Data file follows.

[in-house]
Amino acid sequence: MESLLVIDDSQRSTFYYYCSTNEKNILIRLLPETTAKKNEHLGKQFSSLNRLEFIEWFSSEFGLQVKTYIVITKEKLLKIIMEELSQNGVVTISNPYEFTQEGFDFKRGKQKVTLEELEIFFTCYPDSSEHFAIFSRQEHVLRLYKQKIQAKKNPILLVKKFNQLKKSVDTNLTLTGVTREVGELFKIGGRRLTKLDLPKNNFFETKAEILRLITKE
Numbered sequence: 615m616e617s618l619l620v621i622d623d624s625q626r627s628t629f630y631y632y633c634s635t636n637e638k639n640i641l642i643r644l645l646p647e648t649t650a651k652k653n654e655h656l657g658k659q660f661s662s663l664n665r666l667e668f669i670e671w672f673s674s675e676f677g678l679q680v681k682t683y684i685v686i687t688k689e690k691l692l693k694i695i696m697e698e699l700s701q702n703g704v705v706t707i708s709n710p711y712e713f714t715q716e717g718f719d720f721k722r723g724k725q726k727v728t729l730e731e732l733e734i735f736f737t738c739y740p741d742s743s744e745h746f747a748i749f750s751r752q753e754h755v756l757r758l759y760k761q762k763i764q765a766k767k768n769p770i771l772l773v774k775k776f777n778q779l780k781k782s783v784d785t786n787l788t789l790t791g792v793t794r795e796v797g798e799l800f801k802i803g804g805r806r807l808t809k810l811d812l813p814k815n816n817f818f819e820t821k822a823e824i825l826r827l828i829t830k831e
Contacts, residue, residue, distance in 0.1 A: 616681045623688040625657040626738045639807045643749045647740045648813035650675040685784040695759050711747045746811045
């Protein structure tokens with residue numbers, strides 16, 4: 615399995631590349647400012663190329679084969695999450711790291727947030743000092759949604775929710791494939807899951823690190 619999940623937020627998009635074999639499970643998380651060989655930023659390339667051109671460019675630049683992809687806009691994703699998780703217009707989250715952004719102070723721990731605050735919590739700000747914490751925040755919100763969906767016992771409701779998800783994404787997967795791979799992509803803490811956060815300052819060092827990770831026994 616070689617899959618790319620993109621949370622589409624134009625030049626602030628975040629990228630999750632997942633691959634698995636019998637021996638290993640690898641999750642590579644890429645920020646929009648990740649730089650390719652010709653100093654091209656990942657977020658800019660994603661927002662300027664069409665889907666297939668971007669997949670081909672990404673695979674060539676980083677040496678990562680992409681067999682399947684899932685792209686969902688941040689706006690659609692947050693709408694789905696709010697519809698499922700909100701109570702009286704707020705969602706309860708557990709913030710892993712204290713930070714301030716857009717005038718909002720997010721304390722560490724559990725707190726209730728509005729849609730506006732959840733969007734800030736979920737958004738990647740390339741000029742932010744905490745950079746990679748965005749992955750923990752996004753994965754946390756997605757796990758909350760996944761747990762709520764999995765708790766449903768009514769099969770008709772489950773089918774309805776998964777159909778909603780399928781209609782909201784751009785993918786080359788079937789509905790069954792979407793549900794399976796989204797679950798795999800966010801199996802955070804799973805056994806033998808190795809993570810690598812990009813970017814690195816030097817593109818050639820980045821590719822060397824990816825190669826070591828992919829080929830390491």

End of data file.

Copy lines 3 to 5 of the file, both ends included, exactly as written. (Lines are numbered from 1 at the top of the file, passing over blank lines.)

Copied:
Numbered sequence: 615m616e617s618l619l620v621i622d623d624s625q626r627s628t629f630y631y632y633c634s635t636n637e638k639n640i641l642i643r644l645l646p647e648t649t650a651k652k653n654e655h656l657g658k659q660f661s662s663l664n665r666l667e668f669i670e671w672f673s674s675e676f677g678l679q680v681k682t683y684i685v686i687t688k689e690k691l692l693k694i695i696m697e698e699l700s701q702n703g704v705v706t707i708s709n710p711y712e713f714t715q716e717g718f719d720f721k722r723g724k725q726k727v728t729l730e731e732l733e734i735f736f737t738c739y740p741d742s743s744e745h746f747a748i749f750s751r752q753e754h755v756l757r758l759y760k761q762k763i764q765a766k767k768n769p770i771l772l773v774k775k776f777n778q779l780k781k782s783v784d785t786n787l788t789l790t791g792v793t794r795e796v797g798e799l800f801k802i803g804g805r806r807l808t809k810l811d812l813p814k815n816n817f818f819e820t821k822a823e824i825l826r827l828i829t830k831e
Contacts, residue, residue, distance in 0.1 A: 616681045623688040625657040626738045639807045643749045647740045648813035650675040685784040695759050711747045746811045
């Protein structure tokens with residue numbers, strides 16, 4: 615399995631590349647400012663190329679084969695999450711790291727947030743000092759949604775929710791494939807899951823690190 619999940623937020627998009635074999639499970643998380651060989655930023659390339667051109671460019675630049683992809687806009691994703699998780703217009707989250715952004719102070723721990731605050735919590739700000747914490751925040755919100763969906767016992771409701779998800783994404787997967795791979799992509803803490811956060815300052819060092827990770831026994 616070689617899959618790319620993109621949370622589409624134009625030049626602030628975040629990228630999750632997942633691959634698995636019998637021996638290993640690898641999750642590579644890429645920020646929009648990740649730089650390719652010709653100093654091209656990942657977020658800019660994603661927002662300027664069409665889907666297939668971007669997949670081909672990404673695979674060539676980083677040496678990562680992409681067999682399947684899932685792209686969902688941040689706006690659609692947050693709408694789905696709010697519809698499922700909100701109570702009286704707020705969602706309860708557990709913030710892993712204290713930070714301030716857009717005038718909002720997010721304390722560490724559990725707190726209730728509005729849609730506006732959840733969007734800030736979920737958004738990647740390339741000029742932010744905490745950079746990679748965005749992955750923990752996004753994965754946390756997605757796990758909350760996944761747990762709520764999995765708790766449903768009514769099969770008709772489950773089918774309805776998964777159909778909603780399928781209609782909201784751009785993918786080359788079937789509905790069954792979407793549900794399976796989204797679950798795999800966010801199996802955070804799973805056994806033998808190795809993570810690598812990009813970017814690195816030097817593109818050639820980045821590719822060397824990816825190669826070591828992919829080929830390491």